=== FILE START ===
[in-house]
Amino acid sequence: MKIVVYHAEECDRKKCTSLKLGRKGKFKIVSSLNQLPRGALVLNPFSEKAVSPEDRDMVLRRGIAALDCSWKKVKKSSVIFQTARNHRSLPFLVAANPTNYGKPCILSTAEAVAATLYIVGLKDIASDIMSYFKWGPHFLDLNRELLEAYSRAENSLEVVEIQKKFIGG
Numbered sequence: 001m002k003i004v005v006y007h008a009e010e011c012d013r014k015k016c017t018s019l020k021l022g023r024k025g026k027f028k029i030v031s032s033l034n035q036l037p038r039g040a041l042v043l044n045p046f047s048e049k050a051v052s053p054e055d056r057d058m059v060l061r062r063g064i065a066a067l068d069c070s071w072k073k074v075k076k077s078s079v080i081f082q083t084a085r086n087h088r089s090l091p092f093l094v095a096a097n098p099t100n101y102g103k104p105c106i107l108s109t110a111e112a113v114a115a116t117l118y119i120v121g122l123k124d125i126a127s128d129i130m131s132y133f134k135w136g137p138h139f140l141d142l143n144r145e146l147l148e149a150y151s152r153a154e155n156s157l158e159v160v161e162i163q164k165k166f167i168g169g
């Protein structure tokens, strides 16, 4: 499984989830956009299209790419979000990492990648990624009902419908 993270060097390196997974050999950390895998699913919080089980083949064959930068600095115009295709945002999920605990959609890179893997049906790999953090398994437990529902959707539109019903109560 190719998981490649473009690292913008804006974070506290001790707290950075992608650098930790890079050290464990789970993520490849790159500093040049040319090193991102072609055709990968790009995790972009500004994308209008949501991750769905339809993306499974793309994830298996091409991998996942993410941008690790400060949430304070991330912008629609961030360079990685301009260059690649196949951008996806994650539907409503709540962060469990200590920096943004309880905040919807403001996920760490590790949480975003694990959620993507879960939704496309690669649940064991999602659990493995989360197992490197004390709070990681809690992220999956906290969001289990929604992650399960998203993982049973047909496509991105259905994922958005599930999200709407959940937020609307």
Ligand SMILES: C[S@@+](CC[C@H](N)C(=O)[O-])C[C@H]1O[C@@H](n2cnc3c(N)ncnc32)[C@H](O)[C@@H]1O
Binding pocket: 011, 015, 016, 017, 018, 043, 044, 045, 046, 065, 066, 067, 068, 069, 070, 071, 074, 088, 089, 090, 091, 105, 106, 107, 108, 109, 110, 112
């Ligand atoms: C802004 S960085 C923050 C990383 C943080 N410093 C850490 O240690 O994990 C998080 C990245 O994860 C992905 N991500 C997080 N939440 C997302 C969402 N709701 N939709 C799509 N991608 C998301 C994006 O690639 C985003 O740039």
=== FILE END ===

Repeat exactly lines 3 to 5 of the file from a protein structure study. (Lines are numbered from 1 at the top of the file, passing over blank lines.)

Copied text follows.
Numbered sequence: 001m002k003i004v005v006y007h008a009e010e011c012d013r014k015k016c017t018s019l020k021l022g023r024k025g026k027f028k029i030v031s032s033l034n035q036l037p038r039g040a041l042v043l044n045p046f047s048e049k050a051v052s053p054e055d056r057d058m059v060l061r062r063g064i065a066a067l068d069c070s071w072k073k074v075k076k077s078s079v080i081f082q083t084a085r086n087h088r089s090l091p092f093l094v095a096a097n098p099t100n101y102g103k104p105c106i107l108s109t110a111e112a113v114a115a116t117l118y119i120v121g122l123k124d125i126a127s128d129i130m131s132y133f134k135w136g137p138h139f140l141d142l143n144r145e146l147l148e149a150y151s152r153a154e155n156s157l158e159v160v161e162i163q164k165k166f167i168g169g
């Protein structure tokens, strides 16, 4: 499984989830956009299209790419979000990492990648990624009902419908 993270060097390196997974050999950390895998699913919080089980083949064959930068600095115009295709945002999920605990959609890179893997049906790999953090398994437990529902959707539109019903109560 190719998981490649473009690292913008804006974070506290001790707290950075992608650098930790890079050290464990789970993520490849790159500093040049040319090193991102072609055709990968790009995790972009500004994308209008949501991750769905339809993306499974793309994830298996091409991998996942993410941008690790400060949430304070991330912008629609961030360079990685301009260059690649196949951008996806994650539907409503709540962060469990200590920096943004309880905040919807403001996920760490590790949480975003694990959620993507879960939704496309690669649940064991999602659990493995989360197992490197004390709070990681809690992220999956906290969001289990929604992650399960998203993982049973047909496509991105259905994922958005599930999200709407959940937020609307």
Ligand SMILES: C[S@@+](CC[C@H](N)C(=O)[O-])C[C@H]1O[C@@H](n2cnc3c(N)ncnc32)[C@H](O)[C@@H]1O